(Reuters) – Wells Fargo & Co (WFC.N) posted a 32 percent jump in quarterly profit on Friday, as the bank gave out more personal and automobile loans, and made headway in its cost-cutting plan.
Wells has been striving to rebuild its reputation with customers over the last two years after a series of scandals, fines and regulatory probes, especially in its consumer banking business, dented its brand and reputation.
The company is making good on its promise to chop billions of costs over the next several years. Non-interest expenses in the third quarter fell 4.1 percent to $13.8 billion.
Chief Financial Officer John Shrewsberry has vowed to reduce about $3 billion in expenses by 2020. The bank also plans to pare its network by roughly 800 branches and cut up to 10 percent of its workforce over the next three years.
Total revenue in the quarter beat analyst estimates, rising 0.4 percent to $22 billion, with community banking – an area most closely tied to a sales scandal – the only unit recording an increase in revenue.
Analysts expected revenue of $21.9 billion, according to I/B/E/S data from Refinitiv.
The bank’s shares rose 1.2 percent to $52.10 in early trading.
“While these results were less noisy than previous quarters, more fallout from prior misdeeds cannot be ruled out,” Allen Tischler, senior vice president with Moody’s Investors Service said.
Net income applicable to common stockholders rose to $5.45 billion, or $1.13 per share, in the quarter ended Sept. 30, from $4.13 billion or 83 cents per share a year ago. reut.rs/2NCtgK8
On an adjusted basis, the company narrowly missed analysts’ estimates, earning $1.16 per share, compared to estimates of $1.17, according to I/B/E/S data from Refinitiv.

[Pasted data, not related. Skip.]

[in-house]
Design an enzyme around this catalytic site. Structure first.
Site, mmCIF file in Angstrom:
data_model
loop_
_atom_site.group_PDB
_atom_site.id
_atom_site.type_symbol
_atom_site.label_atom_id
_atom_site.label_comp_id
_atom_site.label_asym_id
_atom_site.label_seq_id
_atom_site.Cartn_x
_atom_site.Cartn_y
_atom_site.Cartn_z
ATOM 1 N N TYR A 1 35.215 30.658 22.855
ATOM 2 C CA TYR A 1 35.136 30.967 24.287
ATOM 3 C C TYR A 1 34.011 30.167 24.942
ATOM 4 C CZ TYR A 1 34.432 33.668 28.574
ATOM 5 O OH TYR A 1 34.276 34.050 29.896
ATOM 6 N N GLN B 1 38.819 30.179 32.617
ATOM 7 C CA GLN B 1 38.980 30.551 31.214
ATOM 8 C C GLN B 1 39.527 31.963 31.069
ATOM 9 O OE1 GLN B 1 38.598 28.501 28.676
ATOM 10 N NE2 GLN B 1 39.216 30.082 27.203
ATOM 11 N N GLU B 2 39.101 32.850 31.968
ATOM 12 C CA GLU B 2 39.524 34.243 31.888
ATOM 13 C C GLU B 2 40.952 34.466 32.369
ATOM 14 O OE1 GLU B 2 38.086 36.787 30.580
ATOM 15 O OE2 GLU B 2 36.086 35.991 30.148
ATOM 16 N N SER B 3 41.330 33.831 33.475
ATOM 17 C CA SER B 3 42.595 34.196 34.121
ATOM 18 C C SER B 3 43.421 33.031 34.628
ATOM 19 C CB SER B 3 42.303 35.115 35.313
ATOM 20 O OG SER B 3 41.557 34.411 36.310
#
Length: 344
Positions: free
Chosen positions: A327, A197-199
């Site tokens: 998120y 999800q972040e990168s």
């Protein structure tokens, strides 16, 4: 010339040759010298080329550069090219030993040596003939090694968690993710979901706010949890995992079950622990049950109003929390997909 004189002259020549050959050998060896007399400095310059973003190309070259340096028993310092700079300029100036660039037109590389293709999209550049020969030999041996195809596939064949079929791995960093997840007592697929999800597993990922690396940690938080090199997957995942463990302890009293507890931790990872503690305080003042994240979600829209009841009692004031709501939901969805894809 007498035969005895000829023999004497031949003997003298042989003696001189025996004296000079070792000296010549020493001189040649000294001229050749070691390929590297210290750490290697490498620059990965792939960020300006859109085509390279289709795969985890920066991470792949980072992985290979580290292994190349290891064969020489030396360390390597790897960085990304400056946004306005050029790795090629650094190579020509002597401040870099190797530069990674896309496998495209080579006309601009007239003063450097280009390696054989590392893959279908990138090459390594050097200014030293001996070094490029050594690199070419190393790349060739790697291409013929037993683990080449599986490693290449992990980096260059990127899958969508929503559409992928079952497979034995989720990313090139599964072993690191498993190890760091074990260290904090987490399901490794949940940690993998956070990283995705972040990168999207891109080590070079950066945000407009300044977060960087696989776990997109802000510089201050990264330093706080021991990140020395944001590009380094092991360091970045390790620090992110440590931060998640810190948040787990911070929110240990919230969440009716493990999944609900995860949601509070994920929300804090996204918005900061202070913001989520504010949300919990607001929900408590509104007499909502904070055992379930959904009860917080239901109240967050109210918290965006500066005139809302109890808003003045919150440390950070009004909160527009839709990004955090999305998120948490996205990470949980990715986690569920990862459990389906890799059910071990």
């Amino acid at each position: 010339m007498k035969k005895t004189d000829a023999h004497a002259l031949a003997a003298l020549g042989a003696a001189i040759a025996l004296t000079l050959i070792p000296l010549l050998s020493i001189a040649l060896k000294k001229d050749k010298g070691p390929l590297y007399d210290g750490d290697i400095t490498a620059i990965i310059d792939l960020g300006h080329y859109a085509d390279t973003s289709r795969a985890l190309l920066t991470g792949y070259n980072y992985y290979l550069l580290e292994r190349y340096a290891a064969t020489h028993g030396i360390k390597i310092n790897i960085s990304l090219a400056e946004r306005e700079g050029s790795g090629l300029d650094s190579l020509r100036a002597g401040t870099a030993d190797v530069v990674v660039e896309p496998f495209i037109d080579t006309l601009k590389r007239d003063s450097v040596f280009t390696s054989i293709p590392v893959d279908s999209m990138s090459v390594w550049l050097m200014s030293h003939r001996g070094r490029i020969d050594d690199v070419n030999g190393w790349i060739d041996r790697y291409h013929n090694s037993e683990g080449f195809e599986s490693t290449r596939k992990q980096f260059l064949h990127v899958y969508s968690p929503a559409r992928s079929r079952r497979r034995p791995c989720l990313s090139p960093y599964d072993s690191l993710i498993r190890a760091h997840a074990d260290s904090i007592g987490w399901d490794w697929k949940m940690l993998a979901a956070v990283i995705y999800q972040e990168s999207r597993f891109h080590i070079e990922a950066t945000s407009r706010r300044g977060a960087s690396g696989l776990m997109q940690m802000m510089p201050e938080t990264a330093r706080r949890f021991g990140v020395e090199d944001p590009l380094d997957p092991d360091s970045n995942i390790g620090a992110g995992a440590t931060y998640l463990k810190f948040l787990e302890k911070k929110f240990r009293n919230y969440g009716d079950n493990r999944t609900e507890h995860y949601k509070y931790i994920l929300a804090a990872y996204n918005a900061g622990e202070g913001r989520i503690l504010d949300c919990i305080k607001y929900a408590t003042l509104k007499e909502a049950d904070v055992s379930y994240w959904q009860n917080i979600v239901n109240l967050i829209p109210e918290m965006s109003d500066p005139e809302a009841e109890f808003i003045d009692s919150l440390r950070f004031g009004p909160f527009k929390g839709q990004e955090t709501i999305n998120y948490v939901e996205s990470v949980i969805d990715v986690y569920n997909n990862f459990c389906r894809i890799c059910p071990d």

Rising interest rates have brought much-needed relief for banks that were scrambling to boost their profits. But they also have weighed on borrowers’ ability to take out loans, hurting loan growth. Mortgage rates are at a multi-year high.
Total loans at the fourth largest U.S. bank by assets fell 1 percent to $942.3 billion, with new mortgage borrowing down $13 billion. Total mortgage origination at JPMorgan Chase & Co (JPM.N) fell about 16 percent in the quarter.
However, higher interest rates helped prop up net interest margin – a measure of how much a bank earns on its investments – which rose to 2.94 percent from 2.86 percent in the year-ago quarter.
The Federal Reserve has raised rates four times since the third quarter of last year.
Industry experts think the increase in interest rates, albeit gradual, will likely present headwinds to loan growth in the coming quarters as customers become less willing to borrow at higher interest rates.
Wells Fargo ended the quarter with $1.88 trillion in assets. Its average total deposits declined 3 percent to $1.27 trillion, well under the Federal Reserve’s $1.95 trillion asset cap it had imposed on the bank.
The regulator had said it would lift the cap only after Wells showed sufficient improvement in governance and controls. The bank’s executives expect the cap to be lifted in the first half of next year.
Reporting By Aparajita Saxena in Bengaluru and Imani Moise in New York; Editing by Bernard Orr